Innovation happens when different actors interact and exchange knowledge.
Co-location and geographical proximity of interconnected firms and related innovation organisations - such as research institutions, innovation facilitators and services providers - help spur innovation. Co-location – whether in an industrial cluster, a science and technology parks, an innovation hub, or an innovation district – can facilitate technology transfer and flow of knowledge. It can also provide jobs to local residents; help attract talent, investors and innovative companies; and boost the impact and relevance of research institutions.
Such hubs may form spontaneously through organic development or may be planned or constructed through deliberate policy action by policymakers. However, efforts to construct innovation clusters - such as science and technology parks - do not always stimulate knowledge flows, upgrading and innovation among firms located in them. Geographic proximity and a heterogenous group of innovation actors do not suffice to foster innovation and technology transfer.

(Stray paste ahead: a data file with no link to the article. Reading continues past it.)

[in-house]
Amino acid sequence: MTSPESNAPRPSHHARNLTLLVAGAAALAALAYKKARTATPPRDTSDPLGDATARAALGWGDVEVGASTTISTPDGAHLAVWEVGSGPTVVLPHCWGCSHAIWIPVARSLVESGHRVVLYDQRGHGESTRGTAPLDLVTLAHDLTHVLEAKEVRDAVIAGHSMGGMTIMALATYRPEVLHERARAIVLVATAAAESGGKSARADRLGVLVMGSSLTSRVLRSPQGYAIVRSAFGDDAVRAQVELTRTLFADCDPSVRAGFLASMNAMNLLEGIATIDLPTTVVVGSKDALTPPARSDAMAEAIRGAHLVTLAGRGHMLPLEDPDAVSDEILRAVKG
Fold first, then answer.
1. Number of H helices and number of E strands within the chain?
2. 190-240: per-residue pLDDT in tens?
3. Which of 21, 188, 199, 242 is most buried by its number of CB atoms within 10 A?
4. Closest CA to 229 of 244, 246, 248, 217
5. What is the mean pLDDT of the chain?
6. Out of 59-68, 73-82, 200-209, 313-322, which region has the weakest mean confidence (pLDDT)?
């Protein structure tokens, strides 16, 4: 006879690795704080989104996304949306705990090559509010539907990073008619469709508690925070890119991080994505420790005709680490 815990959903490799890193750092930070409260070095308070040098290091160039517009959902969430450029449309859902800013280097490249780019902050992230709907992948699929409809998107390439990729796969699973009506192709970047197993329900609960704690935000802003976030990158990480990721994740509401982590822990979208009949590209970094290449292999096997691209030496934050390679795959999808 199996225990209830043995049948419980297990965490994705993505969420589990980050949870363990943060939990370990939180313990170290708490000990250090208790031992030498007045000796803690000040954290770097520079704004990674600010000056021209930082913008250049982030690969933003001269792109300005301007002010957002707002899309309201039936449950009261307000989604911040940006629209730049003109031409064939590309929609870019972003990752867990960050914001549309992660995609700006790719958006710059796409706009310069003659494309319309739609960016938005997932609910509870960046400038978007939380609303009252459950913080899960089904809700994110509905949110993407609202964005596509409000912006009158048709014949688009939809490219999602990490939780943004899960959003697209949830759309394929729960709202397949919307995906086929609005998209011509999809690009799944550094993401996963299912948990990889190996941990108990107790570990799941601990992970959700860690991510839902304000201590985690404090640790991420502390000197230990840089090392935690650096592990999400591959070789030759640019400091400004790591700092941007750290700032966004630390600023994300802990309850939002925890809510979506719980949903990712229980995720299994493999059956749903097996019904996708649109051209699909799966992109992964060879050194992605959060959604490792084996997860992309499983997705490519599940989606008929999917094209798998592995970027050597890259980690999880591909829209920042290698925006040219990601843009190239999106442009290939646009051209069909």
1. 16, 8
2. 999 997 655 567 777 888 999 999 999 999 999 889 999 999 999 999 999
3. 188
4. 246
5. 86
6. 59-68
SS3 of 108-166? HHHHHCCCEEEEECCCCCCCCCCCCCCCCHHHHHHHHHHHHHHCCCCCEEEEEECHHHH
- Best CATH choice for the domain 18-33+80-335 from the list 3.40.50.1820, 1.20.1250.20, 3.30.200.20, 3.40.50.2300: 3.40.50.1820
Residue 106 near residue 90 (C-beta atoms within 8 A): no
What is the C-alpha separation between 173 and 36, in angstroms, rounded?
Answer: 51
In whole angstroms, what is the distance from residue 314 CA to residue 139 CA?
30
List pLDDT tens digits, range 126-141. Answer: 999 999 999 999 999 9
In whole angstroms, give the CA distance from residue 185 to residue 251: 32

This session reviewed lessons learnt from Russian Federation and Thailand and explore new models of co-location and co-creation.
This session shared the experience of different innovation hubs in Moscow and Bangkok, how they have been promoted and their achievements and limitations in terms of promoting inclusive economic growth.
Speakers presented their innovation hub and discussed:
- Key enablers for thriving innovation hubs
- Challenges innovation hubs managers face
- Impact on inclusive and sustained economic growth
This session was held virtually, on 27 July 2021, 1200 - 1300 Bangkok time
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